News and Tribune

February 5, 2013

Museum plan needs council approval

Lease approved by redevelopment to be revisited

By BRADEN LAMMERS
braden.lammers@newsandtribune.com

JEFFERSONVILLE — Questions about the procedure followed when a lease was approved at a Jeffersonville Redevelopment Commission meeting may cause the document to be void if it is not also approved by the city council.

City Councilman Ed Zastawny attempted to offer a resolution that would require plans to enter into a lease with the Clark County Museum to go through council approval because it was a change in the original plan for which the property being leased was purchased.

However, the resolution was not added to the agenda because the vote was not unanimous.

The vote against came from Council Member Matt Owen, who explained he did not vote to add the resolution to the agenda because it was offered at the last minute and he did not have a chance to review the resolution before being asked to vote on it.

City Council Attorney Scott Lewis said the issue was similar to an amendment of a bond issue brought before the council to include the proposed 10th Street police station as a possible use for the funds.

Since the money was sought under the previous administration under the premise of constructing a canal, a requirement existed that the Planning and Zoning Commission and the city council approve the amendment to the plan. 

“These proposed leases for these museums was on property that was required ... for the purpose of the storm water conveyance system,” Lewis said. “If there is a lease that’s going to be executed to put a possible use for the funds.

Since the money was sought under the previous administration under the premise of constructing a canal, a requirement existed that the Planning and Zoning Commission and the city council approve the amendment to the plan. 

“These proposed leases for these museums was on property that was required ... for the purpose of the storm water conveyance system,” Lewis said. “If there is a lease that’s going to be executed to put a museum in there ... that is a change in the plan that requires the statutory procedure that we had done before. Those leases would not be legally valid unless this statutory procedure was followed.”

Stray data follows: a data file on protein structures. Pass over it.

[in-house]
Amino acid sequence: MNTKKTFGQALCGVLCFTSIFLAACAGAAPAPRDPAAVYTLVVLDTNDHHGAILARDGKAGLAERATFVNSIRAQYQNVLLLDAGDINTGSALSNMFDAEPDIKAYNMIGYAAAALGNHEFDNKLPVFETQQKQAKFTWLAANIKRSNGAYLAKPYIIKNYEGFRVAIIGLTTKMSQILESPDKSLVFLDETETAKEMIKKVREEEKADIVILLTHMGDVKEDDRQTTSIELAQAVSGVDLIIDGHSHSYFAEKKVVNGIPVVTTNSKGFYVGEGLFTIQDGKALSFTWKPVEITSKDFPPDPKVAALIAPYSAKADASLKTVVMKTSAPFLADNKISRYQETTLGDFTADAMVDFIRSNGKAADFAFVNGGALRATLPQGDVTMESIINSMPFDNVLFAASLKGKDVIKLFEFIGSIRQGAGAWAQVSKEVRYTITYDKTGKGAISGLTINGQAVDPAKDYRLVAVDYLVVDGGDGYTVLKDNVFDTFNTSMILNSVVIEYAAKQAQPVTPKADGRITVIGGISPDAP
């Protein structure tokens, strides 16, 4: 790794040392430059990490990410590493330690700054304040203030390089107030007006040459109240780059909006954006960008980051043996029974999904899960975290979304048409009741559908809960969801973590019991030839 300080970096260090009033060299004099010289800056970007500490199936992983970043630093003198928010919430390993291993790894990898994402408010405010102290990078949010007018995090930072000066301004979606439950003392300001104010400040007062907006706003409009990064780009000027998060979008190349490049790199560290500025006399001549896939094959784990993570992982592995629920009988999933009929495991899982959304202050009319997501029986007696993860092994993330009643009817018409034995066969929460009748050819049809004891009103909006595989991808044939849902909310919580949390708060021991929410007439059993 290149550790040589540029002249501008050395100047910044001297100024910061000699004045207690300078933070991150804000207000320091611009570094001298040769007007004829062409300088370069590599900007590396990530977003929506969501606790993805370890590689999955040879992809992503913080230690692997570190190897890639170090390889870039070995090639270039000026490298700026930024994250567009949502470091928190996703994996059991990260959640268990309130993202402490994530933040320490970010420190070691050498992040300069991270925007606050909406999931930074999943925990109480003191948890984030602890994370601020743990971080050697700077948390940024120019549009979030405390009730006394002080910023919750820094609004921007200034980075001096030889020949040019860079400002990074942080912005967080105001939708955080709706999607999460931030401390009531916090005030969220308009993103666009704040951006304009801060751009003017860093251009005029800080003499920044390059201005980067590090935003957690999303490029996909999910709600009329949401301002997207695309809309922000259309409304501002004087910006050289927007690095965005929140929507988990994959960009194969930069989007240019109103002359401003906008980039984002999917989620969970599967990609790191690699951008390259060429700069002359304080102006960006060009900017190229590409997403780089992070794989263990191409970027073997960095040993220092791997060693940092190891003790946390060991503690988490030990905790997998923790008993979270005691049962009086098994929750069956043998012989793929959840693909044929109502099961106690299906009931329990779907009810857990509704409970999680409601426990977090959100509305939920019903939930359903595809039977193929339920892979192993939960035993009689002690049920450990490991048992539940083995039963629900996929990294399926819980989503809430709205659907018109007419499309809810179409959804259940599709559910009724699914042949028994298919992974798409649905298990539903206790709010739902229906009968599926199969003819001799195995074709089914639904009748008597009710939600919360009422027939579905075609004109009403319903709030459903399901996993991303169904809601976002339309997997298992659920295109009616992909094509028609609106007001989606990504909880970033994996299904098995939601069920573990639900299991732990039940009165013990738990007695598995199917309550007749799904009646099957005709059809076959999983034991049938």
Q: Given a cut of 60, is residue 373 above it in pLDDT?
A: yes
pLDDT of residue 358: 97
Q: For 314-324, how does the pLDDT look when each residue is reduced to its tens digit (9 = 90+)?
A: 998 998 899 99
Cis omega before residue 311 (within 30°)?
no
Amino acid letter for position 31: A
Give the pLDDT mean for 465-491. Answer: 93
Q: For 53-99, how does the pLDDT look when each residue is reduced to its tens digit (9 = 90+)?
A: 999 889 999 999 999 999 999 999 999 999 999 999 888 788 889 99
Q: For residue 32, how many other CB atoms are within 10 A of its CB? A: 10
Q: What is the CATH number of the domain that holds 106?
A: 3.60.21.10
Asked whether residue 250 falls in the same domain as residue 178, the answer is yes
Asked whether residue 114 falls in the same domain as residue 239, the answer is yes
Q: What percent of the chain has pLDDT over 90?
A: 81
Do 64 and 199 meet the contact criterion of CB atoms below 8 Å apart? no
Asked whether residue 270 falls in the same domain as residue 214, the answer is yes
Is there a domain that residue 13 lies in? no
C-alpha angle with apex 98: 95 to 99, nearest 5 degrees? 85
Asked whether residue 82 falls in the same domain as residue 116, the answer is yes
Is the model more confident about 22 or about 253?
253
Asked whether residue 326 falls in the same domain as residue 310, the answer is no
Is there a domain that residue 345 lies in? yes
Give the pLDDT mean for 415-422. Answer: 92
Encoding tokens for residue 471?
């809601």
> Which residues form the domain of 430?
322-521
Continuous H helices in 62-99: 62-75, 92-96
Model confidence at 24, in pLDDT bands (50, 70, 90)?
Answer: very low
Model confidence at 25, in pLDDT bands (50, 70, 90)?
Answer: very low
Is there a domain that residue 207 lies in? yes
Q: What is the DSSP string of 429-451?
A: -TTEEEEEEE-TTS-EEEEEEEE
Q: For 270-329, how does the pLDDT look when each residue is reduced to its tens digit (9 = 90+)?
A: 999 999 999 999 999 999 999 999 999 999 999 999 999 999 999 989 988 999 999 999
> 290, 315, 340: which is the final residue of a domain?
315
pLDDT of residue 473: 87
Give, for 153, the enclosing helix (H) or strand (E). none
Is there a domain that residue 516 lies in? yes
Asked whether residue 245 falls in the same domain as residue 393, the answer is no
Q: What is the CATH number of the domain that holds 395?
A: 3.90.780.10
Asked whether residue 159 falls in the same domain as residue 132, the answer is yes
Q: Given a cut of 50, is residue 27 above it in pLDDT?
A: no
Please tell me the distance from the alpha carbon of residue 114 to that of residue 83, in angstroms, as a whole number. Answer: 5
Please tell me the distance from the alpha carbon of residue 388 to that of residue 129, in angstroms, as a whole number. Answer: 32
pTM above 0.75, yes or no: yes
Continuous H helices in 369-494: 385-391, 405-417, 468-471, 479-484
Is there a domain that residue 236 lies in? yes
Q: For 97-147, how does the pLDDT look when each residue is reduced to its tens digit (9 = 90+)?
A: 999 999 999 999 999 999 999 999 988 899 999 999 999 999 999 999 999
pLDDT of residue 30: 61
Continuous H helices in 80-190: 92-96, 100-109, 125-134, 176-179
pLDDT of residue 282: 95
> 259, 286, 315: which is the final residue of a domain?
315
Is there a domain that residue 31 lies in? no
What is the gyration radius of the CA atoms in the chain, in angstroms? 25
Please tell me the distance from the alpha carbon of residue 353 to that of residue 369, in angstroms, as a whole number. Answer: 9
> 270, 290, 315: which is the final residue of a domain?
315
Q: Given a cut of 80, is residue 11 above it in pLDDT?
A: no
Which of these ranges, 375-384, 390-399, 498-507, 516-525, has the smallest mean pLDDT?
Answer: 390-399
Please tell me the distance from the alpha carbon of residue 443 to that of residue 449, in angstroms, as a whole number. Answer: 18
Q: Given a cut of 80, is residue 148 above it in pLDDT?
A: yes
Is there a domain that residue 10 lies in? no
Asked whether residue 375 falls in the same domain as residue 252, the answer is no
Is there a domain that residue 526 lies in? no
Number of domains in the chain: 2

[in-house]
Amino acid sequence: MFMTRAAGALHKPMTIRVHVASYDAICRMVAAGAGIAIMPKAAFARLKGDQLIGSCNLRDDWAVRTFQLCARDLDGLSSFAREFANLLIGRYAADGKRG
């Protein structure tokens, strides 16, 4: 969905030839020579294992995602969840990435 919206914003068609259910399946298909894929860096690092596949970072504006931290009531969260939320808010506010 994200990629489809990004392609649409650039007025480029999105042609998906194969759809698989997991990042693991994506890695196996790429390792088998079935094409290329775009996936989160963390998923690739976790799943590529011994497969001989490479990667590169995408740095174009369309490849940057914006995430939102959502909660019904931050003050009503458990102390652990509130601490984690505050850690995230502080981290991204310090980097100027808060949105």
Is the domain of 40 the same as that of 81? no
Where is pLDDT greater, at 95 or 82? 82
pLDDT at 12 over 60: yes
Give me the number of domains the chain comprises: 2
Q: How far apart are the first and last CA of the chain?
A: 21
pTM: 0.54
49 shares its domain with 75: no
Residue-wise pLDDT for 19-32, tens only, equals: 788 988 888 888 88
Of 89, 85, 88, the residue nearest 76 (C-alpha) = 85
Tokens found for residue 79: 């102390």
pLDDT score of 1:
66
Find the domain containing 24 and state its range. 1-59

The one lease approved was for the Clark County Museum to move into two properties at 721 and 725 Michigan Ave.  The agreement would allow the museum to lease the property for 50 years — with five renewals every 10 years — at $1 per year. In addition, a lease-purchase agreement was  approved by the redevelopment commission for the property at 214 Court Ave., to convert a former restaurant into a vintage cafe and coffee shop.

Discussions were also offered at the redevelopment commission meeting when the museum’s lease was approved that nearby properties would be open to development for an arts center to locate in the former Gray & Wells Collision Center.

Redevelopment Commission President R. Monty Snelling said when he explained the potential for the property, following the approval of the museum’s lease, that the area could serve as the anchor for a walkable downtown art-and-history district.

Zastawny said at Monday’s meeting the two other non-profits were the art center and the New Albany Vintage Fire Museum and Education Center, which would potentially reopen upon relocation. A restaurant was also a possibility.

“What they’ve proposed doing is $1 leases for 50 years for some non-profit museums,” he said. “I can appreciate that, but if you look at it from the fiscal body’s standpoint, what we’re doing is we’re giving property that we paid millions of dollars for...and we’re putting non-profits in there that are not going to pay any property taxes, not increase any assessed values [and] not create any new jobs.  That’s certainly a change in the plan in my opinion.”

“In every single one, except for the restaurant, my understanding is it’s a $1-a-year, 50 year lease,” he added.

Councilman Dennis Julius agreed and said the city should be seeking private companies to develop the property.

“We’ve bought $2 million worth of property and we want to lease them for 50 years? I think it’s a horrible decision fiscally for the city,” he said. “The problem with it is if you start taking little bits and pieces out of it and make them unusable for a 50 year time period, you’re destroying the ... ability to have a project.” 

 

Flood control bond still on hold

For the fourth time a bond resolution that was presented to the council relating to the repair of the Cane Run and Mill Creek pump stations was tabled.

The council has stalled on granting its approval for the $7.5 million bond because it has been waiting to hear the rationale behind Mayor Mike Moore’s vote against the bond resolution.

Moore explained to the News and Tribune that his concern was based on not knowing what the bond would cost local residents and how many people are in the joint flood district that the rate increase would affect.

Lowe said at Monday’s council meeting that after an update was provided at the Jeffersonville-Clarksville Flood Control District Jan. 25, Moore was more comfortable with the costs moving forward.

However, the mayor was not in attendance at the council meeting to answer their questions about the bond, so the resolution was tabled again.

The initial estimate of the cost to a homeowner, based on a $100,000 home, is about $20 per year.